• The reality is that the airline’s survival depends on several factors, most notably
  • induction of a professional management with an effective leadership,
  • a sound financial package that does not come with political interference in its day-to-day operations,
  • trade unions allowing reasonable changes in work conditions and pay packages.
  • After a failed attempt at Air India divestment in 2018, the government in January 2020 invited bids again for privatising the airline.
  • Learning its lesson from the 2018 failure, the preliminary information memorandum states that 100% stake will be offloaded, unlike 76% offered in the previous attempt.
  • However, the new owners would be required to continue to use the “Air India” brand name. The government has also retained a provision that substantial ownership and effective control of the airline must remain with an Indian entity.

Why are There No Buyers?

  • The airline’s poor financial situation is what makes it largely unappealing.
  • The airline had a debt burden of around ₹48,781 crore as of March 2017, which poses a huge financial risk to a buyer.
  • Though the government has offered to transfer some of the debt to a special purpose entity, a buyer will still have to assume responsibility for debt of around Rs.30,000 crore after acquisition – still a significant burden for many.
  • Apart from the huge debt burden, Air India has also been losing money for over a decade, with accumulated losses
  • A major reason behind its huge losses is the cost of paying interest on its massive debt.
  • Some analysts believe that Air India may not be worth anything to its buyers as they are unlikely to obtain any free cash flow after paying money to lenders.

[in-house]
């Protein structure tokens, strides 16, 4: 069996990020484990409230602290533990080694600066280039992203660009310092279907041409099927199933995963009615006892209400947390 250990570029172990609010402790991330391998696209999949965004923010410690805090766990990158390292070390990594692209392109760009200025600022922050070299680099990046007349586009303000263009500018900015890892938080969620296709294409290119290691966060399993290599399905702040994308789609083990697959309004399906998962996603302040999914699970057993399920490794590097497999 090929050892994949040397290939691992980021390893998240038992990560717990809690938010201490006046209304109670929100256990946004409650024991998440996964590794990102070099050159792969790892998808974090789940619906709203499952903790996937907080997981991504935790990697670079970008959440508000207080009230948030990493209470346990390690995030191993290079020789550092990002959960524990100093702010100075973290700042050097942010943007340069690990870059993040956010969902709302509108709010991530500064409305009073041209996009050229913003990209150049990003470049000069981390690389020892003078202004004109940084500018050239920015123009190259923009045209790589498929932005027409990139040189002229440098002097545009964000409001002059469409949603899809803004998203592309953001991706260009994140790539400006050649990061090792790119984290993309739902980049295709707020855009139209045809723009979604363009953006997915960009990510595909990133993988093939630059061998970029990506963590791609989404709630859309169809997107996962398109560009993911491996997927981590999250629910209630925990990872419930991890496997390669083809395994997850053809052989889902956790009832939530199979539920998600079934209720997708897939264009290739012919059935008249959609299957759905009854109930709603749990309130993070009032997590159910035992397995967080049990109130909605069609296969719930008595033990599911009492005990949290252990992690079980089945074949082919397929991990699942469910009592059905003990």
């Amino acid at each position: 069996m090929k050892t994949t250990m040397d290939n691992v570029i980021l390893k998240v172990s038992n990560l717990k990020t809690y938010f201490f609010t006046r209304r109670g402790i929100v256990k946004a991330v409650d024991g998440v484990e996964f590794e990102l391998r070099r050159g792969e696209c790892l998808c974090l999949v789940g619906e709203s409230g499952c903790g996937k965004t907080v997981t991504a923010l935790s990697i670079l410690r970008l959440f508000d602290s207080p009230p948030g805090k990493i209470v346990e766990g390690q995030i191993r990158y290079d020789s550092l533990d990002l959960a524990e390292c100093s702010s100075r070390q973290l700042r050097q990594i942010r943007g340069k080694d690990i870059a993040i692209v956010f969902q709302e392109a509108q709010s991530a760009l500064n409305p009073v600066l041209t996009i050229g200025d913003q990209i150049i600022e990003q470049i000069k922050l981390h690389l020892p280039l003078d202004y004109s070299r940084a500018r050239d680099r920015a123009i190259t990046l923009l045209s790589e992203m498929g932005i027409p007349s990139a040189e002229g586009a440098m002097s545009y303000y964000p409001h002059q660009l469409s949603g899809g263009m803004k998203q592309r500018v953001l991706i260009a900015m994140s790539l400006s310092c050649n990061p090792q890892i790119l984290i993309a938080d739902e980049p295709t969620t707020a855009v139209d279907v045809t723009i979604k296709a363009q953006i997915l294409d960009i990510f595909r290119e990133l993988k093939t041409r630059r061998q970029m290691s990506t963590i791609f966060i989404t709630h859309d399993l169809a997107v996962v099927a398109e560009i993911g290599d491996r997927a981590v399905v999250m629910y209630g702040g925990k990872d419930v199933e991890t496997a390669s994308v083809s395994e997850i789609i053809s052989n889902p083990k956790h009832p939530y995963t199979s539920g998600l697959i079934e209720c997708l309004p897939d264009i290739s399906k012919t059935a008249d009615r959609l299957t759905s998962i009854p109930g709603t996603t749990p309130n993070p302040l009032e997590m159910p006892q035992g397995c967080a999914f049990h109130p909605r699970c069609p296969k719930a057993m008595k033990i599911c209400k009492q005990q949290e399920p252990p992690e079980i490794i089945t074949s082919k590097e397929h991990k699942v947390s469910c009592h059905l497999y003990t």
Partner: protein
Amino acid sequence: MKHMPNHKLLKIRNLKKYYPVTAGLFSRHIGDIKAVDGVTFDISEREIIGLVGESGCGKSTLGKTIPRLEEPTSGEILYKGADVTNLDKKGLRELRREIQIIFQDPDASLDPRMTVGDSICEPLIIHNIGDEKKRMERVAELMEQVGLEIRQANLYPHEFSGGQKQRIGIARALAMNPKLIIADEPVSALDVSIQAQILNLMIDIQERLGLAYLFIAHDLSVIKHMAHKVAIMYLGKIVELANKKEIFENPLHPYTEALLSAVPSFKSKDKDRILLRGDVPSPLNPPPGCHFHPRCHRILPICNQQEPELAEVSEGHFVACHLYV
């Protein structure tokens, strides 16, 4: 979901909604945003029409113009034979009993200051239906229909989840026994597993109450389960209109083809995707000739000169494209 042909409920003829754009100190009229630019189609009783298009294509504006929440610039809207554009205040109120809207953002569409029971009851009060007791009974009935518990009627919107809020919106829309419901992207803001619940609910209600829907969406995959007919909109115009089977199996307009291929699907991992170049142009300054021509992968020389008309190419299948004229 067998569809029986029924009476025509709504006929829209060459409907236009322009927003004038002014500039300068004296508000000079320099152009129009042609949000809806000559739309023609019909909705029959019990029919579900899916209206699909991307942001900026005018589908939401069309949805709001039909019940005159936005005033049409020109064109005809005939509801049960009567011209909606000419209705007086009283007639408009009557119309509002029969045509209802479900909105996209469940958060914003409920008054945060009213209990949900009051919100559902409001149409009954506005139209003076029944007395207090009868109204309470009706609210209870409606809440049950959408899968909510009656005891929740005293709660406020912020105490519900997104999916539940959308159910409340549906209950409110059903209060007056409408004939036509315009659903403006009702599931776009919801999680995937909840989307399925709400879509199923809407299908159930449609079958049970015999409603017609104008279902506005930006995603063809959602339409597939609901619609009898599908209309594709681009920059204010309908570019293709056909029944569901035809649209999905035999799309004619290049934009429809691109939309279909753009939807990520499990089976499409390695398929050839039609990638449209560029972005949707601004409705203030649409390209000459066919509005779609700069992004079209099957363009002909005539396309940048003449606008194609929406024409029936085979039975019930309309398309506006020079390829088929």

• In fact, they may have to pay money from their own pockets if they assume personal liability for the debt.

100% FDI by NRIs:

  • The FDI (foreign direct investment) policy would be amended to allow NRIs who are Indian nationals to own up to 100% of Air India “under automatic route”.
  • Besides Air India, the government is also offloading its 100% stake in its low-cost subsidiary, Air India Express (AIXL), and 50% of AISATS, which provides cargo and ground handling services at major Indian airports.
  • Apart from reducing the debt of the loss-making airline, the government has made a number of changes in the eligibility criteria for prospective bidders.
  • Government had made changes so that the buyer would have to take over debt and liabilities worth Rs 32,986 crore, against around Rs 85,000 crore earlier.
  • This means that the prospective buyer would now have to take over only 39% of the total debt and liabilities, unlike 61% in the 2018 bid document.
  • The disinvestment of Air India would not just add to the government’s non-tax revenue next fiscal but also stop persistent loss to exchequer. The government has set an ambitious disinvestment target of Rs 2.1 lakh crore for FY21, against a revised Rs 65,000 crore for this fiscal. This part of disinvestment is highly necessary for the government to plug in the fiscal deficit amidst the chaos of slumping economy and a gloomy future in trade due to the Corona outbreak.